Fiction by Paul West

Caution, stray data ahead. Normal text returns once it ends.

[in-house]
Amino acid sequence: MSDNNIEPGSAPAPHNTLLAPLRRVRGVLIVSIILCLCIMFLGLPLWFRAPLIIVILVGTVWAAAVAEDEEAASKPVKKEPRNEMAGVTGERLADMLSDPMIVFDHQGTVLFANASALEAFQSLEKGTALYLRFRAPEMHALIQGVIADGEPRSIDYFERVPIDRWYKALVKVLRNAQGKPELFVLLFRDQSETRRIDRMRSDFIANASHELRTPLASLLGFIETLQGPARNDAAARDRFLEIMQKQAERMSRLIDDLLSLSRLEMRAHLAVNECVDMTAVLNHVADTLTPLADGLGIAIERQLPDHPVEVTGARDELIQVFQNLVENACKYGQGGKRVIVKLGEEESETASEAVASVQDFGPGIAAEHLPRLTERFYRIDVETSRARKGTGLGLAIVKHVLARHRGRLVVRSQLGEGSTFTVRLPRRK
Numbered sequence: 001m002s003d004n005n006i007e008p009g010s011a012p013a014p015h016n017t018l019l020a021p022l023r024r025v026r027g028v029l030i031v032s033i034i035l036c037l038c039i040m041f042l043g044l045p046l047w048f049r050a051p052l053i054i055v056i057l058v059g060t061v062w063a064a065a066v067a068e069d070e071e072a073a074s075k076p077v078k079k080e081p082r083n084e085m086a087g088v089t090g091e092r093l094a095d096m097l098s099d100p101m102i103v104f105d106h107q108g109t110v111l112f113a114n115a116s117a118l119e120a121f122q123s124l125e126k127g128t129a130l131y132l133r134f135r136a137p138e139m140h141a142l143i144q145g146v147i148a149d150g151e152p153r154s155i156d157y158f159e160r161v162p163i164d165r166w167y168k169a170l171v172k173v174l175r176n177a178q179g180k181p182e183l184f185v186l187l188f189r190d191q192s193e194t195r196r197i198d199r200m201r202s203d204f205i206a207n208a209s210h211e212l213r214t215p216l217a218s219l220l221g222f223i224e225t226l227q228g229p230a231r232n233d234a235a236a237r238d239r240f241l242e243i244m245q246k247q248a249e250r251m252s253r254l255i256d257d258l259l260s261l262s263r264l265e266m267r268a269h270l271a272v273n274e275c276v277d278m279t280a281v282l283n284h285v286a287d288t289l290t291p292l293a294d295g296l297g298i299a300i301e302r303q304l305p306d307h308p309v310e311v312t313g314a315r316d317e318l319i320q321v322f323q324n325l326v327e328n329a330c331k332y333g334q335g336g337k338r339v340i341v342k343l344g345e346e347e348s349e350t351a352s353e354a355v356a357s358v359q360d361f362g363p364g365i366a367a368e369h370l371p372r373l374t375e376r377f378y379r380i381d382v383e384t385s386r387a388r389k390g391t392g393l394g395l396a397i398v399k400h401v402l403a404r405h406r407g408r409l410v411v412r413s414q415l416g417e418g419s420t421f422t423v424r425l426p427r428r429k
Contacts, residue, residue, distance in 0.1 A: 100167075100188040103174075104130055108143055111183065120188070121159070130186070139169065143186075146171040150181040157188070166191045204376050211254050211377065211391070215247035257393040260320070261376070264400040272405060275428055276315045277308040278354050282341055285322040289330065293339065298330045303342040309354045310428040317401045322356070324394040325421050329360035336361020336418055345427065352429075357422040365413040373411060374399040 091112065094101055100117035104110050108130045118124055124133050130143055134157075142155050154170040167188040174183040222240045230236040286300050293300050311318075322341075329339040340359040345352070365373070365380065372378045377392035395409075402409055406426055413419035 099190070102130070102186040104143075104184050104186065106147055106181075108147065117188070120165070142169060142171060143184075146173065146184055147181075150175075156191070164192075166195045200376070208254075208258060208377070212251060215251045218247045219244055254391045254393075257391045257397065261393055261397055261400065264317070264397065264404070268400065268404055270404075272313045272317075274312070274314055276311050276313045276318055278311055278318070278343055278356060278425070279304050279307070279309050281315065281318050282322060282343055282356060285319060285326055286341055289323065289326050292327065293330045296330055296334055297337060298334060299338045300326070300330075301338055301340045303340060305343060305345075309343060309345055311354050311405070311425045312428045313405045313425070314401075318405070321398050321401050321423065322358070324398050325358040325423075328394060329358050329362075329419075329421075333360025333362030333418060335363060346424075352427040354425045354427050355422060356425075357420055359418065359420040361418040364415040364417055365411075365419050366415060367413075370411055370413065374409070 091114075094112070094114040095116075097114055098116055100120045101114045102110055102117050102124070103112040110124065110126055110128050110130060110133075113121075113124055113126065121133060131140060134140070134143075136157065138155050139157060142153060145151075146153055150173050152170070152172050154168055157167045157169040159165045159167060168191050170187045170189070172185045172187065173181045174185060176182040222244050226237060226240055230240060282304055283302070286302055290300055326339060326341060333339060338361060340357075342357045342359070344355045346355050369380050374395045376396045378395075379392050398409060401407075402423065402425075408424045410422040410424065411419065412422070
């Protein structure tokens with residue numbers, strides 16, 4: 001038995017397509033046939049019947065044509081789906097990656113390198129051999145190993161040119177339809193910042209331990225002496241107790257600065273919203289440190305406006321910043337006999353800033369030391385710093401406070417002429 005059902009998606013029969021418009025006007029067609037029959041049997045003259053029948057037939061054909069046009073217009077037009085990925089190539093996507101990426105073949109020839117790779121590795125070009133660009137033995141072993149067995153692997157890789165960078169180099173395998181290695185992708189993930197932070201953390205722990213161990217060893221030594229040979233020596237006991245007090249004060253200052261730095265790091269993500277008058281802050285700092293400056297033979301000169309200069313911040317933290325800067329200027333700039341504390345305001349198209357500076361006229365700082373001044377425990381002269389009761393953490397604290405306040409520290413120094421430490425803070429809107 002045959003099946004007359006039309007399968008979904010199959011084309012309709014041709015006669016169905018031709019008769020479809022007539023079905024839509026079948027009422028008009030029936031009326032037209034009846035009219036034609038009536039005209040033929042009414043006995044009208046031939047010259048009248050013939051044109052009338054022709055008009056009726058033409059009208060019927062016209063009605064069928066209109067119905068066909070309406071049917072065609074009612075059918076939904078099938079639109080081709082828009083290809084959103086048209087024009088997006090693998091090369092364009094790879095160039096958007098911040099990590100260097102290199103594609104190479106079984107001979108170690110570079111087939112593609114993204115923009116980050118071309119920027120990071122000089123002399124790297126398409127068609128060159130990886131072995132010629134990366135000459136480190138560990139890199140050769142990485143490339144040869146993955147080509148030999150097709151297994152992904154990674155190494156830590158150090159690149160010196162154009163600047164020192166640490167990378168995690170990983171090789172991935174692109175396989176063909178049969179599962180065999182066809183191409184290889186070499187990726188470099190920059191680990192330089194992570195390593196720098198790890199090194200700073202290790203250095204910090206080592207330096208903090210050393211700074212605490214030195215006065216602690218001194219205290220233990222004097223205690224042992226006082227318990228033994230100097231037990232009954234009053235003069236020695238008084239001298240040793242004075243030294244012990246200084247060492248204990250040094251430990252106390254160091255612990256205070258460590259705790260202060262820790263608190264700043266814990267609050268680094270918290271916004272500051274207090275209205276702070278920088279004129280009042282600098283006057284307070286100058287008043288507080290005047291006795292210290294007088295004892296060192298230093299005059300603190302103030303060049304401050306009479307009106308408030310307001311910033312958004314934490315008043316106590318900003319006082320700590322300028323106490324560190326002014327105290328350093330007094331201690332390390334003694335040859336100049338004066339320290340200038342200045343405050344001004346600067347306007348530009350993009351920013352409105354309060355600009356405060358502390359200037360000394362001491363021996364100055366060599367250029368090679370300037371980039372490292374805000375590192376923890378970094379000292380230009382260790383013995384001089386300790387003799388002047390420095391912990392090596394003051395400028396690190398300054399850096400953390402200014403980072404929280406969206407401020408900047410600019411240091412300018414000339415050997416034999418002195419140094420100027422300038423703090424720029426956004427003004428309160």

Known for wrapping readers in his historical web, Paul West, in his marvelous new novel Cheops: A Cupboard for the Sun, turns his attention to the 4th Dynasty (approx. 2680 BC) of ancient Egypt. Here, we find the pharaoh Cheops, building the great pyramids at Giza, surrounded by workers and solar boats. According to the Greek historian Herodotus, “a hundred thousand men were made to toil constantly for him,” and, as Herodotus claimed, Egypt was “plunged into all manner of wickedness.’ In Cheops, West delightfully has Herodotus transported back in time, to meet the great pharaoh face to face. Nearing death, getting ready for his final “transportation to the stars,” the blind Cheops is obsessed with preparing for his end. All the while, the intrigues of his daughters, sons, wives, and courtiers are revealed, uncovering murder, incest, and rebellion. Perhaps most intriguing is the overarching narration by Osiris, god of the Nile. While managing to “pipe” the music of English composer Frederick Delius into the dying Cheops’s ears, he comments on this swarm of events with hilarious and humane authority. Profound and entertaining, Cheops: A Cupboard for the Sun is perhaps Paul West’s greatest novel yet.